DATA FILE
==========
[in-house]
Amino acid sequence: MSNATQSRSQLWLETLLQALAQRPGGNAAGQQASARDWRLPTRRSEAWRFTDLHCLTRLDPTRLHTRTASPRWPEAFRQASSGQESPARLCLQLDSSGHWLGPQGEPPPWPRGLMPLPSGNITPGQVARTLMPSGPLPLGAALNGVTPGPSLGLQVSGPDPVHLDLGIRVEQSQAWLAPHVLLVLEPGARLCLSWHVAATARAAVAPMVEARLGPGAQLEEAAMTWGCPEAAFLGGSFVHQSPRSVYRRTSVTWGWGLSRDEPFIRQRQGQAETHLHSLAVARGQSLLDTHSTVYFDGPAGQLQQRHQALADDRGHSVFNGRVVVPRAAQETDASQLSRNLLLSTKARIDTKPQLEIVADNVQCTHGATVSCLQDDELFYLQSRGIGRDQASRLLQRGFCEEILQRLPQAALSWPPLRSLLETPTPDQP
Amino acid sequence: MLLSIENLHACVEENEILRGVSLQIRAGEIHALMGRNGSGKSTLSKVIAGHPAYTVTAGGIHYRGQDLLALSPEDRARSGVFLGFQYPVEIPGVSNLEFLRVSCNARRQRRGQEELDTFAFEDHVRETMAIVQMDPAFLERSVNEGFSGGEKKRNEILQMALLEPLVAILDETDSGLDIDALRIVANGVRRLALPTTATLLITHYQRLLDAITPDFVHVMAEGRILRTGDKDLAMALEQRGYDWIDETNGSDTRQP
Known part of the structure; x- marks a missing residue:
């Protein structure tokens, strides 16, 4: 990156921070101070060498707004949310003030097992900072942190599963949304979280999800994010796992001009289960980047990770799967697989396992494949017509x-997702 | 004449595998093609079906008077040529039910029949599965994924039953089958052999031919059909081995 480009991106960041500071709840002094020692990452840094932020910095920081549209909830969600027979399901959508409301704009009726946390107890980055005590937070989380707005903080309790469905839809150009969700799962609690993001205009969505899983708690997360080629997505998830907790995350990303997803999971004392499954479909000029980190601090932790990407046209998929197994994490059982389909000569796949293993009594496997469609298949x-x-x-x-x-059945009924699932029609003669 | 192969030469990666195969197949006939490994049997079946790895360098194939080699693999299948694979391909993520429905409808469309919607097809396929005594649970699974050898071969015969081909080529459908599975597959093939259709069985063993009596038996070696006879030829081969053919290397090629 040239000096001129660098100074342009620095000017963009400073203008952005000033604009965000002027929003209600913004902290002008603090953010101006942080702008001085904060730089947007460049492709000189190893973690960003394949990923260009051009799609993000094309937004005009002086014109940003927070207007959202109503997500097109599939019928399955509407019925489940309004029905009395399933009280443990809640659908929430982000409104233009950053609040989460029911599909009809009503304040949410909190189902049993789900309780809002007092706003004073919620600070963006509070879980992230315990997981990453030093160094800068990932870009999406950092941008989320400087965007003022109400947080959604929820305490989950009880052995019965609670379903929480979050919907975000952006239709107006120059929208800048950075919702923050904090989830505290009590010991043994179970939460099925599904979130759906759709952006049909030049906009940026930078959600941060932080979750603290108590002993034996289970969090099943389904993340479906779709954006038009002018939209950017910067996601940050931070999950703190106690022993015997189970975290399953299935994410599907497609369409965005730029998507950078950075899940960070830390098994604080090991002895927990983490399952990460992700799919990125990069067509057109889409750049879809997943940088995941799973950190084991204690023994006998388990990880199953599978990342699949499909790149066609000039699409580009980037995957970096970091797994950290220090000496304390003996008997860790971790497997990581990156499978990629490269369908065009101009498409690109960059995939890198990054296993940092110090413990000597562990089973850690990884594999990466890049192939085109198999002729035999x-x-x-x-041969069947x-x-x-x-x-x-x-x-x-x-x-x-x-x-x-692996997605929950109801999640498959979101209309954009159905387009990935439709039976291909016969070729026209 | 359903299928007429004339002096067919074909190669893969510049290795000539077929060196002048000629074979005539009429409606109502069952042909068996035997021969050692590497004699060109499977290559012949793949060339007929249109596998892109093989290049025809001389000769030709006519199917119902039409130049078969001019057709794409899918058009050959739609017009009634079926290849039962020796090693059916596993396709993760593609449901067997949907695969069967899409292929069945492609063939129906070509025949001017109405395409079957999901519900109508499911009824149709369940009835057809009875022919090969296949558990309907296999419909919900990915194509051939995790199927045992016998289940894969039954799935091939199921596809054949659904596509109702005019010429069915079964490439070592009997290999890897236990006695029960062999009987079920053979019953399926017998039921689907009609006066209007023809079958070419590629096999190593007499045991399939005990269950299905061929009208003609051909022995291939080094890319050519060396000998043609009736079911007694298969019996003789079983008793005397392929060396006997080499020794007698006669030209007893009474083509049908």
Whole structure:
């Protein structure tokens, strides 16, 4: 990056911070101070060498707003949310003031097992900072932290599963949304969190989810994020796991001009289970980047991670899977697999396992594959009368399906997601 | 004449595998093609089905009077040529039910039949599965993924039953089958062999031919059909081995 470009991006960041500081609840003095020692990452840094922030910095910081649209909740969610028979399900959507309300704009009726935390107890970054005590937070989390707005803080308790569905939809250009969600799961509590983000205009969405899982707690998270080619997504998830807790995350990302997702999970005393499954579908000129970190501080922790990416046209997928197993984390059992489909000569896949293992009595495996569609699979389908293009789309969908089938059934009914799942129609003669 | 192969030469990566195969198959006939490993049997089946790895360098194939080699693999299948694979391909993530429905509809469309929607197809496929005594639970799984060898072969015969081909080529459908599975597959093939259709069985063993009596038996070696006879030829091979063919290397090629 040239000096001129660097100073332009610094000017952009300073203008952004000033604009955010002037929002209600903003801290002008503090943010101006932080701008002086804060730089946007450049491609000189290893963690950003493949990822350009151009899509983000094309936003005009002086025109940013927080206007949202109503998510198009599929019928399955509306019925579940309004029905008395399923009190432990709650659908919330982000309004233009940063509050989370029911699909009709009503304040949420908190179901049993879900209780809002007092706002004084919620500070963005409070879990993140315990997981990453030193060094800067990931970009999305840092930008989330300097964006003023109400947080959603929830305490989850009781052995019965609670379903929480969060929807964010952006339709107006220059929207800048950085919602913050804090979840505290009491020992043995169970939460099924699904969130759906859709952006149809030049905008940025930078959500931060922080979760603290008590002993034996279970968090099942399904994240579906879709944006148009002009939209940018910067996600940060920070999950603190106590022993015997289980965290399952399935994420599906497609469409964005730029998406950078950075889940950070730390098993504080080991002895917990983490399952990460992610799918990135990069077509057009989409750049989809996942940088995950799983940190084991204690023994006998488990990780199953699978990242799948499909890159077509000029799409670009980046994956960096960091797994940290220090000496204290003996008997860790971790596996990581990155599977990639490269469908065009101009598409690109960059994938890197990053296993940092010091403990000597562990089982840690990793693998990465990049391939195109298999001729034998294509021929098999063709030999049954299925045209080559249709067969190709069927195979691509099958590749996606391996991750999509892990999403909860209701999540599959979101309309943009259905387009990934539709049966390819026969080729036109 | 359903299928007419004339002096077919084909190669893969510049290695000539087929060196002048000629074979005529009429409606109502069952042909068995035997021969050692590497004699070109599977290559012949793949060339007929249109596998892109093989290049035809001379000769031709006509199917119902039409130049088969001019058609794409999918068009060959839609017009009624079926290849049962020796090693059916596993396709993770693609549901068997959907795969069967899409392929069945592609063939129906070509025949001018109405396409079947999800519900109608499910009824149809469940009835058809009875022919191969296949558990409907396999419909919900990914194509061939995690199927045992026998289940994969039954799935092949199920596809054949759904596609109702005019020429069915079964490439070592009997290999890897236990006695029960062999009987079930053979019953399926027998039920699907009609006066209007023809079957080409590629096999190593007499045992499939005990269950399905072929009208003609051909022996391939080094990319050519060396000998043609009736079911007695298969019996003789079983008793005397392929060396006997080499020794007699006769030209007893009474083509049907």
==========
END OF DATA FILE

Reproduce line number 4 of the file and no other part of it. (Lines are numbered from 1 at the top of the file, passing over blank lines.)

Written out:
Known part of the structure; x- marks a missing residue: